The newest member of Nashville’s school board is a well-known local policy expert who says she can help navigate the district through government bureaucracy.
Freda Player-Peters most recently worked as the liaison between the mayor’s office and the Metro Council. Now she takes over the school board’s District 7, which is the city’s most diverse. The seat was vacated by former member Will Pinkston, setting in motion a Metro Charter amendment that moved the power to appoint a replacement into the hands of the Metro Council.
In her nomination letter, Player-Peters said she wants to address inequities in education and work with “urgency and selflessness” in what she sees as a crucial moment in Nashville history. She also touted her understanding of city and state policies and budgeting.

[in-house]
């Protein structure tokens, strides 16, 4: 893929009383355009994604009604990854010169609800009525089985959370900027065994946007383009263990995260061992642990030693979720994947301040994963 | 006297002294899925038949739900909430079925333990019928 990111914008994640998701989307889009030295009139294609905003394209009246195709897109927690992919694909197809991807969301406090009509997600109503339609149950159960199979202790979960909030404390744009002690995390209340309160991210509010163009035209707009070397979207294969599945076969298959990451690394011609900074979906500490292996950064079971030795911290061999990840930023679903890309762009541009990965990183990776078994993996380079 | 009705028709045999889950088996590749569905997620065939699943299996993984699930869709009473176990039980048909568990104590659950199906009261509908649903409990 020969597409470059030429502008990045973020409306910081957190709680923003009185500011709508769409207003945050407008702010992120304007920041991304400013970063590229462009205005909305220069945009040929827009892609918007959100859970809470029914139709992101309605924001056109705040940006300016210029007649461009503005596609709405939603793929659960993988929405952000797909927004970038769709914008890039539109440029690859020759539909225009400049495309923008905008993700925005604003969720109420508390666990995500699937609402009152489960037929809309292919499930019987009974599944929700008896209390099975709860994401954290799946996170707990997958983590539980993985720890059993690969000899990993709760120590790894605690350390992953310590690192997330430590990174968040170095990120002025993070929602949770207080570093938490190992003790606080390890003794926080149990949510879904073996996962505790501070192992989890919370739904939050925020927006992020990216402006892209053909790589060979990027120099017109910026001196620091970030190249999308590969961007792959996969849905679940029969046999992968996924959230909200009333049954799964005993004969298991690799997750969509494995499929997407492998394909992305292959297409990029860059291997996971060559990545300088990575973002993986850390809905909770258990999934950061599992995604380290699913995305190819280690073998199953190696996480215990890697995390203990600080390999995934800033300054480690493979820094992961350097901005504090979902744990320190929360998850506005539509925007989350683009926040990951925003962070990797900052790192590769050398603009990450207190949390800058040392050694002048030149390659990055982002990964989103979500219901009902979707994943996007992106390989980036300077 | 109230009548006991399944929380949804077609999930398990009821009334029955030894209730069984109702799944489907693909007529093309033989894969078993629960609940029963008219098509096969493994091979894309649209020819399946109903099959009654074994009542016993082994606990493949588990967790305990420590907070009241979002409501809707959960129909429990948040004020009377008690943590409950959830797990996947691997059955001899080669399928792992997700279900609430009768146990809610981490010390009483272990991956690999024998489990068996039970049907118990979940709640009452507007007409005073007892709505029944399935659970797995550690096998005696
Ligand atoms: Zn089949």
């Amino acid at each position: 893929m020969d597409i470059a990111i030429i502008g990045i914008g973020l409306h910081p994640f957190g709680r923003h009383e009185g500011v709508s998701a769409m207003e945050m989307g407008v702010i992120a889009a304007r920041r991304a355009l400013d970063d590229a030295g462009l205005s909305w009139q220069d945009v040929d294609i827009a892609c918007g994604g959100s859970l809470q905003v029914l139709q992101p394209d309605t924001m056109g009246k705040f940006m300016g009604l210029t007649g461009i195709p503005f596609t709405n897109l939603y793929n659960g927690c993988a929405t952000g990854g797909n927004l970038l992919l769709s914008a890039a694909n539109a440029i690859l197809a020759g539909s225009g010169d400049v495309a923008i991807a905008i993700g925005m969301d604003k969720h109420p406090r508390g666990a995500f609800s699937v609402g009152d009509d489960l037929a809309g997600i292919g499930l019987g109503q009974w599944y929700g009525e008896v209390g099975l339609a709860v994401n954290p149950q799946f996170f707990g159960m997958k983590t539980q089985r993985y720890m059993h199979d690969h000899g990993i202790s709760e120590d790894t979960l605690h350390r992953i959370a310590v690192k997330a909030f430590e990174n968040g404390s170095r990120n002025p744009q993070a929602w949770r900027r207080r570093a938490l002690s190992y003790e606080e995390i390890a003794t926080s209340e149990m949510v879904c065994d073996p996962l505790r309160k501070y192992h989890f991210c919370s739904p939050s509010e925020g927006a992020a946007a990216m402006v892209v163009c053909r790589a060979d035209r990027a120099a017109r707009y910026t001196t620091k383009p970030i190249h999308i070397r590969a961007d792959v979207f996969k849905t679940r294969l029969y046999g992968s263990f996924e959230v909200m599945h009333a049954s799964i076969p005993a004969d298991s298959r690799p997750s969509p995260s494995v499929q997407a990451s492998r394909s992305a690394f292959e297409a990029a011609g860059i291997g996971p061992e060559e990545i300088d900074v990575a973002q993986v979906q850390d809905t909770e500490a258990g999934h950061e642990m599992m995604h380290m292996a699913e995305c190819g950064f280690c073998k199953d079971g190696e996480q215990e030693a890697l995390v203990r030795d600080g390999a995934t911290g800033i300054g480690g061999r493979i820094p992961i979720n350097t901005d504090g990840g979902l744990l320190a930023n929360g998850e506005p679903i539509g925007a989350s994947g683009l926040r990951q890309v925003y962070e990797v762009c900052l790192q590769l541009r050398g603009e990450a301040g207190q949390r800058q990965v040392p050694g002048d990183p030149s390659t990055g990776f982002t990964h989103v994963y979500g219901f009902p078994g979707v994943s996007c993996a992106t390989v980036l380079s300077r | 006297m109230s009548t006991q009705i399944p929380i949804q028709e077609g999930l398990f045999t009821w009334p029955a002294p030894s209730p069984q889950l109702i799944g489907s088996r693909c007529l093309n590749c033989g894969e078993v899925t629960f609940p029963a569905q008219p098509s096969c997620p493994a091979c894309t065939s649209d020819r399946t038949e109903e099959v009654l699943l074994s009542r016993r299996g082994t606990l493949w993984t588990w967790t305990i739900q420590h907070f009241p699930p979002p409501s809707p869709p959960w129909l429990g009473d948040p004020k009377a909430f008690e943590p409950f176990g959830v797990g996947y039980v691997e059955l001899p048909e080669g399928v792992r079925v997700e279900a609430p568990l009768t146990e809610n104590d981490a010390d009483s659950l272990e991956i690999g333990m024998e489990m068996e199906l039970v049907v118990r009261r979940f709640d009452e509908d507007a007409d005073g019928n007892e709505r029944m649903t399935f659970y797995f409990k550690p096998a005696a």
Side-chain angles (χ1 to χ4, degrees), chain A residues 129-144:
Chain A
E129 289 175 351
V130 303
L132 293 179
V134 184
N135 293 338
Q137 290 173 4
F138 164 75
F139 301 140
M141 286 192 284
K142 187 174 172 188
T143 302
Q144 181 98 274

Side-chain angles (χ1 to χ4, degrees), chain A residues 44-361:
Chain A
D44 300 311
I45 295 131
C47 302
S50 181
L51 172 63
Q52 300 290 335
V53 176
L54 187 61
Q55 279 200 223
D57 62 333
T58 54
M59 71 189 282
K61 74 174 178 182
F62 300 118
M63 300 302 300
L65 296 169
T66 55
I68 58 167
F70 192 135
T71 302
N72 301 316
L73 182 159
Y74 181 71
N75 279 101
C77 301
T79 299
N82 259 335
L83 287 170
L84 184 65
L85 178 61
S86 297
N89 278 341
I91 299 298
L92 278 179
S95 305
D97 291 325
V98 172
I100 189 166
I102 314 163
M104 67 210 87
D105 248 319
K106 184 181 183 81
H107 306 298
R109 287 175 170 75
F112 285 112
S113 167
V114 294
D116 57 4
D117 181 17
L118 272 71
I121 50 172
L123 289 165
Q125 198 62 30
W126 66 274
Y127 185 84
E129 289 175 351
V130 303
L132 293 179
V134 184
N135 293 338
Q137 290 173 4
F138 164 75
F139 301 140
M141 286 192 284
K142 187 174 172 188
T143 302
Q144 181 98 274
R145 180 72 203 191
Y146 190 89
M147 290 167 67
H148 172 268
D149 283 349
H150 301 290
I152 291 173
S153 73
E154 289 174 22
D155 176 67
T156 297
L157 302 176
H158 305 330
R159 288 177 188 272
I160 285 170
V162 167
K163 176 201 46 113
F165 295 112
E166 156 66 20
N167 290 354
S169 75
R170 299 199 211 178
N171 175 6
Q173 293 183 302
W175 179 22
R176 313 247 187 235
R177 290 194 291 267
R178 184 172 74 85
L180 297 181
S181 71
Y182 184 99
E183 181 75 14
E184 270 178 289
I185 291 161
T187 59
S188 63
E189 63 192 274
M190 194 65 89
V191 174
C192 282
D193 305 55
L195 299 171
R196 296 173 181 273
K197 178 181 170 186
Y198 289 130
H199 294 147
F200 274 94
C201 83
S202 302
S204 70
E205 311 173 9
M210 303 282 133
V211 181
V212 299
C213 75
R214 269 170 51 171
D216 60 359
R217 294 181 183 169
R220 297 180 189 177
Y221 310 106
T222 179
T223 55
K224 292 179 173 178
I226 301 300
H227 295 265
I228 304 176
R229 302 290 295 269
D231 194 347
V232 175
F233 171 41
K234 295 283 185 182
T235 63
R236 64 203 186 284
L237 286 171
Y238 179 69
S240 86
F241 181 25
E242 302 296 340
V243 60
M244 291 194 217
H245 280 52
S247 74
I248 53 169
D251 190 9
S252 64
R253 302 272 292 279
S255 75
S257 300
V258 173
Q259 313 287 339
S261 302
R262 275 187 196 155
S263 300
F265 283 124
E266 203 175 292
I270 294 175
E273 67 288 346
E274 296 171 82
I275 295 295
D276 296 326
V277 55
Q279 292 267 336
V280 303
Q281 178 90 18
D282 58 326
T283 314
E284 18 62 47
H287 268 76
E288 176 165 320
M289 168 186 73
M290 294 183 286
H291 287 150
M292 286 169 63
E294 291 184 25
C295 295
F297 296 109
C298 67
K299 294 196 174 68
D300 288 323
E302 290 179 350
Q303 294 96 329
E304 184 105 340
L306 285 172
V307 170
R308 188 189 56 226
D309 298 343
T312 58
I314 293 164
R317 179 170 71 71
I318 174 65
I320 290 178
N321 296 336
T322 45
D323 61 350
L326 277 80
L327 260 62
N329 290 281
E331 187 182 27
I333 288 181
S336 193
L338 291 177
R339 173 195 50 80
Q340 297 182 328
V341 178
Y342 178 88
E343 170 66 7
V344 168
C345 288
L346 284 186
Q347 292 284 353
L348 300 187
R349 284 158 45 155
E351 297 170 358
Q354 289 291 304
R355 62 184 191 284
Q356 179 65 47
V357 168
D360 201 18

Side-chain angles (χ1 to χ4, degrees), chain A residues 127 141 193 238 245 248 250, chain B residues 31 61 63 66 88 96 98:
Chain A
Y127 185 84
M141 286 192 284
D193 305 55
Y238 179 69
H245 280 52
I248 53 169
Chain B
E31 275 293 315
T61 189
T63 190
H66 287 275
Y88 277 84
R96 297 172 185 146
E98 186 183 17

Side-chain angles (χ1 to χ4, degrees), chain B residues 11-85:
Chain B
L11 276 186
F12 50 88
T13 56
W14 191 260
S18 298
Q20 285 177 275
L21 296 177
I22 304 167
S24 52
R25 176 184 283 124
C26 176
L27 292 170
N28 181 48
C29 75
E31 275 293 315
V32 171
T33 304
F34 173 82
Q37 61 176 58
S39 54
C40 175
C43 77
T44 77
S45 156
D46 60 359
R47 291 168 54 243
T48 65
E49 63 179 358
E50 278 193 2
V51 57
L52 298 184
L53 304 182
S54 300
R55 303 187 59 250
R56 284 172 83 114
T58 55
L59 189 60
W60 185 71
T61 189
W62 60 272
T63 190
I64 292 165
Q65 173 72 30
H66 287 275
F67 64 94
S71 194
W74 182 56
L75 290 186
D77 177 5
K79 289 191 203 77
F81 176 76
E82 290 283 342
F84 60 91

Council members described her as diligent and trustworthy, and she also got the nod for her demeanor.
“This last year we saw a lot of contentious behavior [on the school board] and one of the greatest things about Freda is she is able to stay objective and she is able to stay calm in heated moments,” Councilwoman Joy Styles said. “There is a lot of work that needs to be done on the school board, and we need someone who is able to manage personalities.”
Player-Peters has degrees from Fisk and George Washington universities. She has also worked for the Tennessee Democratic Party, the Metro employees’ union and local nonprofits.
She was chosen with 26 council member votes. The runner-up with 14 votes was Kevin Stacy, a licensed teacher who has worked as a schools administrator for Metro, Clarksville and Williamson County.